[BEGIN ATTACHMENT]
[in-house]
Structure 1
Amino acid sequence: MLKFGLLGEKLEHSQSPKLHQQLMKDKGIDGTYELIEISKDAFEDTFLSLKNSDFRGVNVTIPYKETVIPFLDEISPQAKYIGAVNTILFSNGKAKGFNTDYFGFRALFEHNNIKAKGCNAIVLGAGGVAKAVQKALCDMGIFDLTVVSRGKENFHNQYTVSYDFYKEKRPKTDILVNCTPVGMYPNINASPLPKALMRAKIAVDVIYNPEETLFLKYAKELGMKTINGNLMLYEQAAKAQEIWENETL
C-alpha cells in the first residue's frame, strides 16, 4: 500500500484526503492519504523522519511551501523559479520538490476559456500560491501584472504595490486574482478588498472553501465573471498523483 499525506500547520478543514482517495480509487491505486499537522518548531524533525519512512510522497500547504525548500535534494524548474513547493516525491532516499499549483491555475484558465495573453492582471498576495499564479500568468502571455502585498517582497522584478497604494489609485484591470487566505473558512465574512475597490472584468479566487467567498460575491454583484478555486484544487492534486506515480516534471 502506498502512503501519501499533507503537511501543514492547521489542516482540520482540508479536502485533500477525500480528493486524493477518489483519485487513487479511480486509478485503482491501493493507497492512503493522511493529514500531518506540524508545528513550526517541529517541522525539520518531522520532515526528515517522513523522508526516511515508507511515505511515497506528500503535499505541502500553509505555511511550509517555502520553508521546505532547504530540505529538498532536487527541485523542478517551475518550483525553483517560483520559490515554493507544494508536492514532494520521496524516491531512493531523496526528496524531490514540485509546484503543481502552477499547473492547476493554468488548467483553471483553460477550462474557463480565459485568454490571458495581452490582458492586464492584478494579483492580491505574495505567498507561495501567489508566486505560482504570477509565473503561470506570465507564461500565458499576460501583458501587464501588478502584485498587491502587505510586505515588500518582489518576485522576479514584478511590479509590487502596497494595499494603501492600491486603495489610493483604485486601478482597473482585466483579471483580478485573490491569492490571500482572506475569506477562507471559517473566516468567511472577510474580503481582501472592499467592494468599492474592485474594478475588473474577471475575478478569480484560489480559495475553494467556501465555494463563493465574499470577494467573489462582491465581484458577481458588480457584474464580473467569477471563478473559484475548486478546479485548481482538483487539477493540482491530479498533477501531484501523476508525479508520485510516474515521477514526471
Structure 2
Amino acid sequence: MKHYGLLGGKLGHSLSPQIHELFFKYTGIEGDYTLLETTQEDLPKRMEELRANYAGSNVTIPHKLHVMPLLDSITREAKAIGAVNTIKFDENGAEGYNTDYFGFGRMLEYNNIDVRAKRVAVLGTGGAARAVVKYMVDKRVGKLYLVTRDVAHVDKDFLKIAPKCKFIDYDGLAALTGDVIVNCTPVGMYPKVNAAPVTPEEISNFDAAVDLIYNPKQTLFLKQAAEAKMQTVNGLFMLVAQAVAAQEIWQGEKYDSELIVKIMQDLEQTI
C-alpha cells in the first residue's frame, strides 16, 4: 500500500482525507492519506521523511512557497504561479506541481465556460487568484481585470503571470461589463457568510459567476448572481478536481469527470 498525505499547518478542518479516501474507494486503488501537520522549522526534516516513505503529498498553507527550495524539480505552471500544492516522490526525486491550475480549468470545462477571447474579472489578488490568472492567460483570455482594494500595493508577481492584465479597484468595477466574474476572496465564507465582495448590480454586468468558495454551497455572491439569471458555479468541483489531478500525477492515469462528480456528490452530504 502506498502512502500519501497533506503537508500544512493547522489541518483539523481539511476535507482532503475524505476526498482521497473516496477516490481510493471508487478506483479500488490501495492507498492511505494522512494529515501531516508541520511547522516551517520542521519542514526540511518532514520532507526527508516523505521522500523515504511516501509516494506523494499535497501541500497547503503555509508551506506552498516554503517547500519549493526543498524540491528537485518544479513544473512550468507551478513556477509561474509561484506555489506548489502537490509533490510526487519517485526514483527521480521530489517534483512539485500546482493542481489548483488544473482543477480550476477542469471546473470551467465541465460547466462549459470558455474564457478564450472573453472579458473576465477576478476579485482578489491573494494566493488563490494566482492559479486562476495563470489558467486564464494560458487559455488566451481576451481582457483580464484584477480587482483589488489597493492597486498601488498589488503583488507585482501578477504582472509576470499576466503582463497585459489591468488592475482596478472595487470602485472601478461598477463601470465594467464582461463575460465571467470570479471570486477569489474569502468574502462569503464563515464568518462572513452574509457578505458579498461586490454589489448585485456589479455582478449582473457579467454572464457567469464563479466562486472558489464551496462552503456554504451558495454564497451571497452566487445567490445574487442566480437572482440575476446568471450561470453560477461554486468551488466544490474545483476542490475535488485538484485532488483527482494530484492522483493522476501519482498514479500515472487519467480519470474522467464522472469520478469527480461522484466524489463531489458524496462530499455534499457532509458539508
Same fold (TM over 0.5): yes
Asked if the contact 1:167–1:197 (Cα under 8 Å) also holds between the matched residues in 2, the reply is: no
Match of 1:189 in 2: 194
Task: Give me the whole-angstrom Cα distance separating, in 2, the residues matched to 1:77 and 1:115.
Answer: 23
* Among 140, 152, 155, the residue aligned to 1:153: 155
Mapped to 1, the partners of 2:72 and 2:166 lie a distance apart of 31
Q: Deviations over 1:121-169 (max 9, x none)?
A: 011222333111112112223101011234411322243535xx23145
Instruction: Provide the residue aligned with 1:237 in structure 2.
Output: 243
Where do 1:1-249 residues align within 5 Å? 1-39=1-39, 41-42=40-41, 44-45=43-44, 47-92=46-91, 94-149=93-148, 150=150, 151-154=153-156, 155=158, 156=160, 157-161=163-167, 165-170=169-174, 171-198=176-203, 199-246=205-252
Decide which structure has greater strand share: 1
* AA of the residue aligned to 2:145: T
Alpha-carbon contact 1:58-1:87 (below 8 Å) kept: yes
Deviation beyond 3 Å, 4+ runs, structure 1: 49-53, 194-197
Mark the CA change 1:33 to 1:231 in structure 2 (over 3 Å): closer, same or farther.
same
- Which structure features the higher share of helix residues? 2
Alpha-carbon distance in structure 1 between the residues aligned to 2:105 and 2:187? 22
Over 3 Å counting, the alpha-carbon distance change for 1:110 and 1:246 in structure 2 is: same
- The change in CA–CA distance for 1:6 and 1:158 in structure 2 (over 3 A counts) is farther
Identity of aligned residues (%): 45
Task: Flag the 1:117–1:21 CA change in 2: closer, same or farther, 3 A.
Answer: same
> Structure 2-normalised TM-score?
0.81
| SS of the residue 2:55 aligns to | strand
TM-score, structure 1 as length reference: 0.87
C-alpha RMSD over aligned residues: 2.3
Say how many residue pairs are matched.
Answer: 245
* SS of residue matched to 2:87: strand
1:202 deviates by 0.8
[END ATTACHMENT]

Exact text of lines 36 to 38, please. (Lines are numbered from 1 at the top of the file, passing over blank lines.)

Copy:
TM-score, structure 1 as length reference: 0.87
C-alpha RMSD over aligned residues: 2.3
Say how many residue pairs are matched.